Monday, 22 June 2015

The Burning Question of the Day

Lewes (that's pronounced as two syllables, Loo-ess, with the emphasis on the first) is the county town of East Sussex, about 7 or 8 miles from Brighton.  I have long thought it a delightful little town with an interesting history and an amazing mix of architectural styles.  It is built on a hill overlooking the River Ouse, an important waterway and valley through the Downs, important enough for the Normans to build a castle.  A substantial section of keep remains, giving views of Lewes and surrounding countryside.  The castle's former tilting yard is the site of, perhaps, the only remaining bowling green of the type Sir Francis Drake would have played on. Political rebel Tom Paine is reputed to have had his inspiration for "The Rights of Man" after playing here.

The Battle of Lewes was fought in May 1264 in what is known as the Second Barons War between King Henry III and Simon de Montfort, Earl of Leicester.  As a result of his defeat, the King was forced to surrender many of his powers.  The battle, perhaps, underscored the power of Magna Carta and could be said to have resulted in "the first tentative steps towards representative democracy".

The worst avalanche ever recorded in Britain occurred in Lewes in 1836.  A large build-up of snow on the nearby cliff slipped down onto a row of cottages called Boulters Row (now part of South Street). About fifteen people were buried, and eight of these died. A pub in South Street is named The Snowdrop in memory of the event.

But Lewes is perhaps best known for the annual Bonfire Night celebrations.  There are a dozen or so bonfire societies in the town and on 5th November every year, each processes through the town to its individual bonfire site.  Although this is a commemoration of the gunpowder plot of 1605, it also commemorates the 17 protestant martyrs who were burned at the stake in Lewes during the Marian Persecutions of 1555 to 1557.

Towards the end of October 1554, a Bible-reading was taking place in the home of one Dirick Carver, a brewer from Brighthelmstone (now Brighton) with John Launder, Thomas Iveson and William Veisey. Under the command of Sir Edward Gage, the High Sheriff of Sussex, the four men were arrested at prayer. It was a short matter of time before they were brought before the court of Bonner, the Bishop of London in Newgate, London. They were kept there until 8 June 1855. After forced confessions were signed, their fate was sealed.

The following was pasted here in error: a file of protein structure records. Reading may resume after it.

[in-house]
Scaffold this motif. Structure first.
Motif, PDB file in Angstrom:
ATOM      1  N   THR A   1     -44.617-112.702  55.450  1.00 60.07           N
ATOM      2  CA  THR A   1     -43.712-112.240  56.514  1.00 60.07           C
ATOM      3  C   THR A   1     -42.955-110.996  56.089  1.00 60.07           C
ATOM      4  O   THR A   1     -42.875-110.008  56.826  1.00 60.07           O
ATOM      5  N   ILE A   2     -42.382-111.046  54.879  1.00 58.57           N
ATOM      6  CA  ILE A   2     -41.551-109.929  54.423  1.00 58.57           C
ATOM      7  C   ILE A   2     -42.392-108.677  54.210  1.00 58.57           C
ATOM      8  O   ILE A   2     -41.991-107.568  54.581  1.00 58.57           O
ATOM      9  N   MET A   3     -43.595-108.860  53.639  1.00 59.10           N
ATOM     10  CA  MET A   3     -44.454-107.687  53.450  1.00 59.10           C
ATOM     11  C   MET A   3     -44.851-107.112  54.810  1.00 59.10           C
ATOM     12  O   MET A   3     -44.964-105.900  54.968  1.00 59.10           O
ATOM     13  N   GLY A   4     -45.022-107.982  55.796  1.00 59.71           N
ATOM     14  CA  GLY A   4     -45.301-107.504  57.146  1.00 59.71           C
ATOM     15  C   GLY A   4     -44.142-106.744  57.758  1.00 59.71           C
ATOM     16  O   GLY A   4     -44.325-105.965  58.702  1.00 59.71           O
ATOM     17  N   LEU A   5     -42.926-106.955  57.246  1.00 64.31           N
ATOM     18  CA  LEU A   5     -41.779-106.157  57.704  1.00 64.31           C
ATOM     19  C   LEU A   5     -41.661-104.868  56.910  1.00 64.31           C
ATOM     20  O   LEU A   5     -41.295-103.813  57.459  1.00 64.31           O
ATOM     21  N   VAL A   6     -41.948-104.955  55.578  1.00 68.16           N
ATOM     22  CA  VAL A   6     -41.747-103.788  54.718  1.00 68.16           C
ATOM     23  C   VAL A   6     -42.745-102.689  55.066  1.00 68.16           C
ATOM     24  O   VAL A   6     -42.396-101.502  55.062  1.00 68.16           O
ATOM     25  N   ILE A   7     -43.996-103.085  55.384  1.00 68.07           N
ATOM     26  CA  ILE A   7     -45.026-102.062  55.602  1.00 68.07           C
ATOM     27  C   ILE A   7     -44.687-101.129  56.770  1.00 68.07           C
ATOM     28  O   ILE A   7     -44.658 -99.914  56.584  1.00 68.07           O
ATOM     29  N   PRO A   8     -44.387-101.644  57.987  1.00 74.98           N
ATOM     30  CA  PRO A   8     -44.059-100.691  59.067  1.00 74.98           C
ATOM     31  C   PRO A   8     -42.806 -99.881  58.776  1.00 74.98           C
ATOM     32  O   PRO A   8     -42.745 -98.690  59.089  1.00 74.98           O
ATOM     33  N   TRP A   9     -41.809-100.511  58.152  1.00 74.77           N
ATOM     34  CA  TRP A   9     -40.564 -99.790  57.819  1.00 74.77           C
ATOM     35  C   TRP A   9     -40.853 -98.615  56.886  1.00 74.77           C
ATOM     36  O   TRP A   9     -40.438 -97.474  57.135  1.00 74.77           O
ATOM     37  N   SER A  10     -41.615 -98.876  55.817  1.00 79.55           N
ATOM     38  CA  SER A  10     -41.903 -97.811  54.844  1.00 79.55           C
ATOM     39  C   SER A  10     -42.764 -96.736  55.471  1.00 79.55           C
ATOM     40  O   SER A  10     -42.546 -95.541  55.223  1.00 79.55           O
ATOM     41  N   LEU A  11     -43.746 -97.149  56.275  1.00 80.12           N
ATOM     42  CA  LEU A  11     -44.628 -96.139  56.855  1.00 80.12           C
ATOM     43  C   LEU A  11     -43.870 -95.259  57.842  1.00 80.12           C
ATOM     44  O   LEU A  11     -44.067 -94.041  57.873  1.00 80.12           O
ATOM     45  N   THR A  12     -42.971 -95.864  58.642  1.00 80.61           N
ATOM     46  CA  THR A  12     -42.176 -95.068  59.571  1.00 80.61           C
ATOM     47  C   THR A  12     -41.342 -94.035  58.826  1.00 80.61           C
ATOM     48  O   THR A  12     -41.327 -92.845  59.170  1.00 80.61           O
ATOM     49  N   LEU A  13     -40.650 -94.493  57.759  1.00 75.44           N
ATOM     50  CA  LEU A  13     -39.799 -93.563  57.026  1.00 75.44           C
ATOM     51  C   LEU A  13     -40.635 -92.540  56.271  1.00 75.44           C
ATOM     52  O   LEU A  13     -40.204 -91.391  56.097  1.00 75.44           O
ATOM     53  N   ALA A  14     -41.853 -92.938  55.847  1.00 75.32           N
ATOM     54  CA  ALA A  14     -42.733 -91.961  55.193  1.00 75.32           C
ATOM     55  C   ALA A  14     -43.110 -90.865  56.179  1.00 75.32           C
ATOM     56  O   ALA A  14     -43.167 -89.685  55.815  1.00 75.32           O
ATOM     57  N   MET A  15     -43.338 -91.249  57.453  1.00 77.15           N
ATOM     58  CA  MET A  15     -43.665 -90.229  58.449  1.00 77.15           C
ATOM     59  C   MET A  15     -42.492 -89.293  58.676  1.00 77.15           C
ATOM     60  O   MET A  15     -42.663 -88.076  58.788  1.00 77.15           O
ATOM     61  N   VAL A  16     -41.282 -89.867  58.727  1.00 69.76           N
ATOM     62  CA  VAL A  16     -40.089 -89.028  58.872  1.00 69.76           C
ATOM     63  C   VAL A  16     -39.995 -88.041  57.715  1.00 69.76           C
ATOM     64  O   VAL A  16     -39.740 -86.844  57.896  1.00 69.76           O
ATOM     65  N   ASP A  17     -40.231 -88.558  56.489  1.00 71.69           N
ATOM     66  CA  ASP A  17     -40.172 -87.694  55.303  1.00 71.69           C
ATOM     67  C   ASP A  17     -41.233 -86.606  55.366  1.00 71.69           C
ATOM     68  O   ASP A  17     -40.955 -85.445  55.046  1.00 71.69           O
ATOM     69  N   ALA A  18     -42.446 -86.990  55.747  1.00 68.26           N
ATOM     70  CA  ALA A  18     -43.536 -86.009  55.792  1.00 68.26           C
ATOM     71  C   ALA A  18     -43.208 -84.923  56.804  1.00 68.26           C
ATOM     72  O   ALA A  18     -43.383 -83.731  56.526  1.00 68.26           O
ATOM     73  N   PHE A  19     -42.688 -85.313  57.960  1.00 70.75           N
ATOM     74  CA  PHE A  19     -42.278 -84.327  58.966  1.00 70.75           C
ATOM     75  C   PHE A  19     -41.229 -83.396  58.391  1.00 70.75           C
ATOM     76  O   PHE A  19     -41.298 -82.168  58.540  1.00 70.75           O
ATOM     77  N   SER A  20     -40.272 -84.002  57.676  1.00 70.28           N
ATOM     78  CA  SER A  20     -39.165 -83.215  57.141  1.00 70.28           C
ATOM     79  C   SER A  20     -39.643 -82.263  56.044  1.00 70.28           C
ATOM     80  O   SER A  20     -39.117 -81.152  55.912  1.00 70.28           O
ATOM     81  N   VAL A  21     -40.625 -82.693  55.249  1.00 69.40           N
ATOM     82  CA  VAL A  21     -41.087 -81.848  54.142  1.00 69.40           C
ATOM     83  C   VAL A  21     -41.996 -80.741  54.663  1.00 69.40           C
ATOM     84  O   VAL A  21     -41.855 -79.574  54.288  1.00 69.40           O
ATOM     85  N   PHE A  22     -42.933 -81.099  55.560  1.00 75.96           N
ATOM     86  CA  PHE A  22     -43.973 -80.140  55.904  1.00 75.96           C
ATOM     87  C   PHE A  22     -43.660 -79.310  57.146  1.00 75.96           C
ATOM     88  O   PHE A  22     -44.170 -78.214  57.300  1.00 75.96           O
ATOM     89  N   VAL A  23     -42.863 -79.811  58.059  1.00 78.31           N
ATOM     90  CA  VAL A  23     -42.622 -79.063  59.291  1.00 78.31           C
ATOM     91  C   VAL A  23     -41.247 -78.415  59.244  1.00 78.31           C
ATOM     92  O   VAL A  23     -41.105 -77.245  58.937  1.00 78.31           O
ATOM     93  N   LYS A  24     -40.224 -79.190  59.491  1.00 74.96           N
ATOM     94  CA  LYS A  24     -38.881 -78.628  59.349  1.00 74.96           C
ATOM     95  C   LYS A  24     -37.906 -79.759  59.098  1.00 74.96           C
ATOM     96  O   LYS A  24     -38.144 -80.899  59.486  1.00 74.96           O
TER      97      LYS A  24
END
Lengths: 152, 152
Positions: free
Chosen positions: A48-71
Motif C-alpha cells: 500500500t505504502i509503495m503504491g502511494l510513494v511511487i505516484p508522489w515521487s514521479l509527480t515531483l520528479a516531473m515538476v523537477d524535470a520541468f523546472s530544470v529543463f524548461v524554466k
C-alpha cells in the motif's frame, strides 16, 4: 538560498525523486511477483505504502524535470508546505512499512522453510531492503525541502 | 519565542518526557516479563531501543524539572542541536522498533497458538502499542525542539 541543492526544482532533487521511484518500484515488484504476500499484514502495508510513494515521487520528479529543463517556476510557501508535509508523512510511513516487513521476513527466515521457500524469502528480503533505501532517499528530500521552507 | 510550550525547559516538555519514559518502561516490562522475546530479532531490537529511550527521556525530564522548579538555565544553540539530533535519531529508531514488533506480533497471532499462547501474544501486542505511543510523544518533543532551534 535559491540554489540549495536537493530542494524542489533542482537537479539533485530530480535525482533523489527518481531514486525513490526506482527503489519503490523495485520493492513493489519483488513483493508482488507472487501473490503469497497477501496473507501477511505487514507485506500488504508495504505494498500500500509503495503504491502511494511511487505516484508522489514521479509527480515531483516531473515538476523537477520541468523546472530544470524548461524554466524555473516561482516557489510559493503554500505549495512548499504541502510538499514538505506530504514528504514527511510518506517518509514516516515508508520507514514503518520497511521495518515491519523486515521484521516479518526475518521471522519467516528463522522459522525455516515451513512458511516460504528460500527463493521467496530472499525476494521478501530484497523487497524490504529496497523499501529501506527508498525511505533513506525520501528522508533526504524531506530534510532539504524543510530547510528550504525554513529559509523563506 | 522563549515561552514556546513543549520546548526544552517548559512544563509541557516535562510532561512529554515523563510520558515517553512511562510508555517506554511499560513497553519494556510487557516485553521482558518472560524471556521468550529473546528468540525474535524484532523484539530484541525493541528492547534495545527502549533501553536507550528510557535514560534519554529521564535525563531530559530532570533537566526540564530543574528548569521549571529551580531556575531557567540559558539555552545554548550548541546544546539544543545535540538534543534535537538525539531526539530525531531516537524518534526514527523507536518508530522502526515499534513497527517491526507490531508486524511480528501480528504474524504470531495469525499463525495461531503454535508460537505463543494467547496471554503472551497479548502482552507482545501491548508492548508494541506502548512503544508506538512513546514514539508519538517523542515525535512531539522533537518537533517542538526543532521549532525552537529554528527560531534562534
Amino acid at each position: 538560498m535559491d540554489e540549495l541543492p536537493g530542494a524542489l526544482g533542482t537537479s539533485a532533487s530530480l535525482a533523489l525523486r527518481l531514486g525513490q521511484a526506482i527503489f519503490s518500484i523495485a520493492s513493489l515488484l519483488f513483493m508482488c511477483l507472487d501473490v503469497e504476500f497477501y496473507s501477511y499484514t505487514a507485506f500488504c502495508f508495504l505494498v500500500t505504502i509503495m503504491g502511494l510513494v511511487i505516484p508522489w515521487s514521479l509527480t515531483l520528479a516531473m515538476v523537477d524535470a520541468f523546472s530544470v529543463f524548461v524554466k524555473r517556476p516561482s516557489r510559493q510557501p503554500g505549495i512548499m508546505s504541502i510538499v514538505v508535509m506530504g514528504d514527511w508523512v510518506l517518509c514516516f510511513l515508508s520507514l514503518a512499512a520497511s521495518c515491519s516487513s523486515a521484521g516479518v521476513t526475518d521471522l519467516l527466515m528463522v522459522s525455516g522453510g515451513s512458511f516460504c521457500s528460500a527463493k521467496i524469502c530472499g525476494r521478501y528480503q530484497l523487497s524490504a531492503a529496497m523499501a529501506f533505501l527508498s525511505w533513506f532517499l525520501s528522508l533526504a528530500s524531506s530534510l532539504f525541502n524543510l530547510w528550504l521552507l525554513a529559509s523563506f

On 22 July 1555, Dirick Carver, was taken by his Catholic persecutors, to Lewes town centre to be burned outside of the Old Star Inn, where the Town Hall currently stands. His Bible was taken from him and thrown into a barrel on the pyre. The crowd called to him, pleading God to strengthen his resolve and his faith. He knelt down and prayed, but was then forced to climb into the barrel too.

Carver took his Bible and threw it into the surrounding crowd. His final words were: “Lord have mercy upon me, for unto thee I commend my spirit and my soul doth rejoice in thee!” His Bible was preserved and is on display in Lewes Museum today. Clear evidence of his blood splattered on the pages of Judges, Zephaniah and Ruth is a graphic reminder of his physical ordeal.

Bonner, the Bishop of London, was not convinced that the heretics were being persuaded back to the Roman faith, so he arranged the largest bonfire of humans the town or indeed the country had seen. On this day, 22nd June, in 1557, Richard Woodman, George Stevens, Alexander Hosman, William Mainard, Thomasina Wood, Margery Morris, James Morris, Denis Burges, Ann Ashdon and Mary Groves were burned outside the Star Inn, Lewes - now the Town Hall.  Of these ten, only Woodman and Hosmer had been brought to trial. The others had been apprehended within the two or three days prior to their martyrdoms, hurried to Lewes and together suffered in one fire.

(Mankind has come a long way in the past 450 years, he commented sarcastically.)

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